HP’s ink DRM instructs your printer to ignore the ink in your cartridge when you cancel your subscription

See the original posting on Boing Boing

Inkjet printer manufacturers continue to pioneer imaginative ways to create real-world, desktop dystopias that make Black Mirror look optimistic by comparison: one such nightmare is HP’s “subscription” printers where a small amount of money buys you ink cartridges that continuously communicate with HP’s servers to validate that you’re still paying for your subscription, and if you cancel, the ink stops working.

HP’s argument is that it’s subsidizing the ink and you’re agreeing to this treatment in the bargain, but of course, HP isn’t “subsidizing” the ink, it’s merely charging a couple hundred percent markup, as opposed to its usual practice of charging several million percent markups (and using deceptive and illegal tactics to force you to buy ink from them, and not from their competition).

HP has been running the service since at least 2016; you choose a plan that puts a cap on the number of pages you can print in a month. You pay for that many pages no matter how many you print — and if you run out of available pages, your printer refuses to print anymore, even if you have plenty of ink to print with.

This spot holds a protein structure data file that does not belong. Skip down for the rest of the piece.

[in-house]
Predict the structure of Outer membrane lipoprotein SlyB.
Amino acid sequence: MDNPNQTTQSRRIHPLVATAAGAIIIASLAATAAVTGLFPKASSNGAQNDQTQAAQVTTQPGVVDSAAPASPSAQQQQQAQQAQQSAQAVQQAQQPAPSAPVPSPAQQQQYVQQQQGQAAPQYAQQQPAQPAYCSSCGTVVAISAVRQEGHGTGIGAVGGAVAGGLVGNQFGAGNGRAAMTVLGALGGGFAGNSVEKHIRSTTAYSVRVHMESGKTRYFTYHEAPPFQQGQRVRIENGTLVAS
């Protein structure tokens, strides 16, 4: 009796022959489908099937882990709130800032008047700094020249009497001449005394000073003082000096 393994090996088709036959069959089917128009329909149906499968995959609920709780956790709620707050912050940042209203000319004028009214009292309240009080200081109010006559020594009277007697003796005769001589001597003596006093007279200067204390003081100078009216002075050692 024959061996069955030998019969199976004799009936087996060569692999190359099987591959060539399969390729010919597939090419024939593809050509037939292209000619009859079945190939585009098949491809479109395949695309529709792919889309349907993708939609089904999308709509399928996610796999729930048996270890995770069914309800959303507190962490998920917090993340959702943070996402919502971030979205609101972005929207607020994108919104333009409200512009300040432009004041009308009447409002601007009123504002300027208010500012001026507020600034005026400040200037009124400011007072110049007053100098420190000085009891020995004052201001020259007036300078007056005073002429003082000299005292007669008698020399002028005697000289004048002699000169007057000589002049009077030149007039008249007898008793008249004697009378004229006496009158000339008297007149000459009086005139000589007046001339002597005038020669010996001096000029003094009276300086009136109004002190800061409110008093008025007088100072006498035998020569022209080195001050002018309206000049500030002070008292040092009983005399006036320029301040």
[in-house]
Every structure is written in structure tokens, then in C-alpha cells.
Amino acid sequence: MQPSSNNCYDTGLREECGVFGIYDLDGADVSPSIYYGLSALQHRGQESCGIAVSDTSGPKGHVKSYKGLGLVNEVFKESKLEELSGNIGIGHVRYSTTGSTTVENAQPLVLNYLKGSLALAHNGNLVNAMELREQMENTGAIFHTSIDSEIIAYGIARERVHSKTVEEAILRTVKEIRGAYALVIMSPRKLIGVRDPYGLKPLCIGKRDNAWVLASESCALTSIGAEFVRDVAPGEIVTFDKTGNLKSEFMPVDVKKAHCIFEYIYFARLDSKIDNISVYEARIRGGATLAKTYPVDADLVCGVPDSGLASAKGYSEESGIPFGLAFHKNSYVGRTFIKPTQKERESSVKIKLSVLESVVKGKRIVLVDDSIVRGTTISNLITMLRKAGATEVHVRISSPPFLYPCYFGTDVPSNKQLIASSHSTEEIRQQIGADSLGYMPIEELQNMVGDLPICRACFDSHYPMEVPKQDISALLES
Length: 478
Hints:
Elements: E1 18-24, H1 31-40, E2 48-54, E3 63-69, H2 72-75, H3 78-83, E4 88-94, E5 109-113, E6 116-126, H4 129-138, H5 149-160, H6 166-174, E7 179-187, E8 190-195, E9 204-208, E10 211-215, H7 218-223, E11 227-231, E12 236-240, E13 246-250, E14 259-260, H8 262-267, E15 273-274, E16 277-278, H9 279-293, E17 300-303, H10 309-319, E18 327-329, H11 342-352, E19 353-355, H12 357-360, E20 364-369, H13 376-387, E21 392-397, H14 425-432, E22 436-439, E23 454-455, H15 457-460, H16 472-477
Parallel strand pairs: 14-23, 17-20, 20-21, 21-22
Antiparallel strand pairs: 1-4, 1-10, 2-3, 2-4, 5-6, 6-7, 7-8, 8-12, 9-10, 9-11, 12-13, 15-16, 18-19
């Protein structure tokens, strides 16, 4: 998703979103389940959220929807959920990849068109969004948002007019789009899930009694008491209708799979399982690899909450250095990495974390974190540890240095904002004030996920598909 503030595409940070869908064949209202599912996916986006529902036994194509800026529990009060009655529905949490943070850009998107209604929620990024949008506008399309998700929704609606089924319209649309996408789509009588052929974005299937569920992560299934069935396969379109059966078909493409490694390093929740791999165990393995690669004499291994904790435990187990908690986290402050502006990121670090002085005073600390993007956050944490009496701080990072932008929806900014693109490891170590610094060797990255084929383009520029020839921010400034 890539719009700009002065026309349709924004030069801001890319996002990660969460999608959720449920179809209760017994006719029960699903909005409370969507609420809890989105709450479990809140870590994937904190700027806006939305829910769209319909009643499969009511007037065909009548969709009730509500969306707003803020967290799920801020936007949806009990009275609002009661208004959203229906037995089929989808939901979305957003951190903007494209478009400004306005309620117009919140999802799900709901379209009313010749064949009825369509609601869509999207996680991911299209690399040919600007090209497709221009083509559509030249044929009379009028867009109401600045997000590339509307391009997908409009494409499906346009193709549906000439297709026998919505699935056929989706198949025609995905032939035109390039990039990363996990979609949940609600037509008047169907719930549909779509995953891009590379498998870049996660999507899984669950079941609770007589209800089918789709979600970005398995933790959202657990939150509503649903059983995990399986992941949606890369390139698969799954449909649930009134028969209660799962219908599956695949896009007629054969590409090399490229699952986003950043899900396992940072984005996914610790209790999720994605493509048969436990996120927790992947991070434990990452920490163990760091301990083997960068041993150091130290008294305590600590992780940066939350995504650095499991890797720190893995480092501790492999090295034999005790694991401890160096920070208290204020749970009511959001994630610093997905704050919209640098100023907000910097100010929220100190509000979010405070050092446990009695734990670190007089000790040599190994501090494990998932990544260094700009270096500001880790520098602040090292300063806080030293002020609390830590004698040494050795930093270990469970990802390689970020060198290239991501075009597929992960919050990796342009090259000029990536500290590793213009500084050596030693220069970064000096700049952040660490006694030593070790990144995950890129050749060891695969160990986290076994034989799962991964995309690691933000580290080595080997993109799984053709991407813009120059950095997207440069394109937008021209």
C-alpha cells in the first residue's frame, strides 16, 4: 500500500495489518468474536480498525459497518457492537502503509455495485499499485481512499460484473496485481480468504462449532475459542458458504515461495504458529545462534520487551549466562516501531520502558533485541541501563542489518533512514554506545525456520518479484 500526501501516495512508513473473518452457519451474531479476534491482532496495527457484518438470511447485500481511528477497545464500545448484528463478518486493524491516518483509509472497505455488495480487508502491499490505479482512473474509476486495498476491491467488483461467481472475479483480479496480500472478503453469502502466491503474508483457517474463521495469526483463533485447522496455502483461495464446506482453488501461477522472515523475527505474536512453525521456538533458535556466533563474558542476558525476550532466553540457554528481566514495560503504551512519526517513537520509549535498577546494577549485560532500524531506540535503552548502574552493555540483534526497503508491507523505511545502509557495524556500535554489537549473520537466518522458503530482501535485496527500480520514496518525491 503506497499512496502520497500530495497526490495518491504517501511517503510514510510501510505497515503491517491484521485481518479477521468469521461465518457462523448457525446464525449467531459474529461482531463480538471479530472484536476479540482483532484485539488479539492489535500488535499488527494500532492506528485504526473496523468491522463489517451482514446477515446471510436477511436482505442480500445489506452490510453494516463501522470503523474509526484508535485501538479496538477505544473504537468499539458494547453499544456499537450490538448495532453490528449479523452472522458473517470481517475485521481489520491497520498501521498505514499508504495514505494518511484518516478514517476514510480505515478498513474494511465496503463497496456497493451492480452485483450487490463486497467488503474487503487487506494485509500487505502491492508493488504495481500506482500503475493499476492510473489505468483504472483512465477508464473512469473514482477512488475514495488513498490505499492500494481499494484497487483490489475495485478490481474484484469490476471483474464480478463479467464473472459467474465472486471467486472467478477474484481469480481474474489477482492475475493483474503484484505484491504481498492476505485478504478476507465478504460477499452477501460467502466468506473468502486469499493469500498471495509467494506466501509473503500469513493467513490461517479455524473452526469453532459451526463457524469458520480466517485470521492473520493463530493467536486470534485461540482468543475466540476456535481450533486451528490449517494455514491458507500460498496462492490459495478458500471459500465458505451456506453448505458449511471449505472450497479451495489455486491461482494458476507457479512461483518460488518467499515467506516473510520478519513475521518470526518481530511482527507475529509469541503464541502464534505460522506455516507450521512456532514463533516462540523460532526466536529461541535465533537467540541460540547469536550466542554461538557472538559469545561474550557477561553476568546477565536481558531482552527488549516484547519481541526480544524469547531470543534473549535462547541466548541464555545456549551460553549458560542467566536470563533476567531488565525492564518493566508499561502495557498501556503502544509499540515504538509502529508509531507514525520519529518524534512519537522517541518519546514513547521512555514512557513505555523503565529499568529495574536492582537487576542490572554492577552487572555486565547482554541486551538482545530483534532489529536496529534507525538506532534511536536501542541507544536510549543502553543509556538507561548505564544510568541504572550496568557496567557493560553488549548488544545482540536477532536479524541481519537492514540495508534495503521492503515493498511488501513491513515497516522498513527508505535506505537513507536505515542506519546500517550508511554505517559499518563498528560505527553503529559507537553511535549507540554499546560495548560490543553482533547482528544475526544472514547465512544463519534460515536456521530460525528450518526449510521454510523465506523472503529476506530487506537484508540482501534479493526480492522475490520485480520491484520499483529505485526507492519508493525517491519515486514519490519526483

HP also requires subscribers to return their empty cartridges (they call it “recycling” but the fact that this keeps empty carts out of the hands of refillers is surely no accident).

It’s just another way that printer companies are leading the charge to erode property rights for humans by expanding property rights for corporations.

Here’s the kicker: if you cancel, your ink stops working.

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